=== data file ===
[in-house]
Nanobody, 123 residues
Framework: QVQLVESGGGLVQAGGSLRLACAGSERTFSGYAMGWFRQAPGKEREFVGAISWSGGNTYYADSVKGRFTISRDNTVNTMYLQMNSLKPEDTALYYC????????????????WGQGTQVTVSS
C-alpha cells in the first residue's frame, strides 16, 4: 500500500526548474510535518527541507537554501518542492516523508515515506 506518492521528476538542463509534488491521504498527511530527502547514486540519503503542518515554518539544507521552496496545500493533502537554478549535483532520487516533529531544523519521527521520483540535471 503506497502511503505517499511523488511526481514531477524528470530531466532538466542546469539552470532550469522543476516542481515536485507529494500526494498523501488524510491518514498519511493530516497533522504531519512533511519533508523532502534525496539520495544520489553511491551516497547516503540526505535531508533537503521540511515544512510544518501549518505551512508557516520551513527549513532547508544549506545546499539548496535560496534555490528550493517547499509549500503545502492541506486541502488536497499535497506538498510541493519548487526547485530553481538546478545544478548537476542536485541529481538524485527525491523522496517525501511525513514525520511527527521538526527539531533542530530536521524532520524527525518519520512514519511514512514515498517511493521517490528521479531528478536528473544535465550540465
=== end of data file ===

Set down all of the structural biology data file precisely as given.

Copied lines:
[in-house]
Nanobody, 123 residues
Framework: QVQLVESGGGLVQAGGSLRLACAGSERTFSGYAMGWFRQAPGKEREFVGAISWSGGNTYYADSVKGRFTISRDNTVNTMYLQMNSLKPEDTALYYC????????????????WGQGTQVTVSS
C-alpha cells in the first residue's frame, strides 16, 4: 500500500526548474510535518527541507537554501518542492516523508515515506 506518492521528476538542463509534488491521504498527511530527502547514486540519503503542518515554518539544507521552496496545500493533502537554478549535483532520487516533529531544523519521527521520483540535471 503506497502511503505517499511523488511526481514531477524528470530531466532538466542546469539552470532550469522543476516542481515536485507529494500526494498523501488524510491518514498519511493530516497533522504531519512533511519533508523532502534525496539520495544520489553511491551516497547516503540526505535531508533537503521540511515544512510544518501549518505551512508557516520551513527549513532547508544549506545546499539548496535560496534555490528550493517547499509549500503545502492541506486541502488536497499535497506538498510541493519548487526547485530553481538546478545544478548537476542536485541529481538524485527525491523522496517525501511525513514525520511527527521538526527539531533542530530536521524532520524527525518519520512514519511514512514515498517511493521517490528521479531528478536528473544535465550540465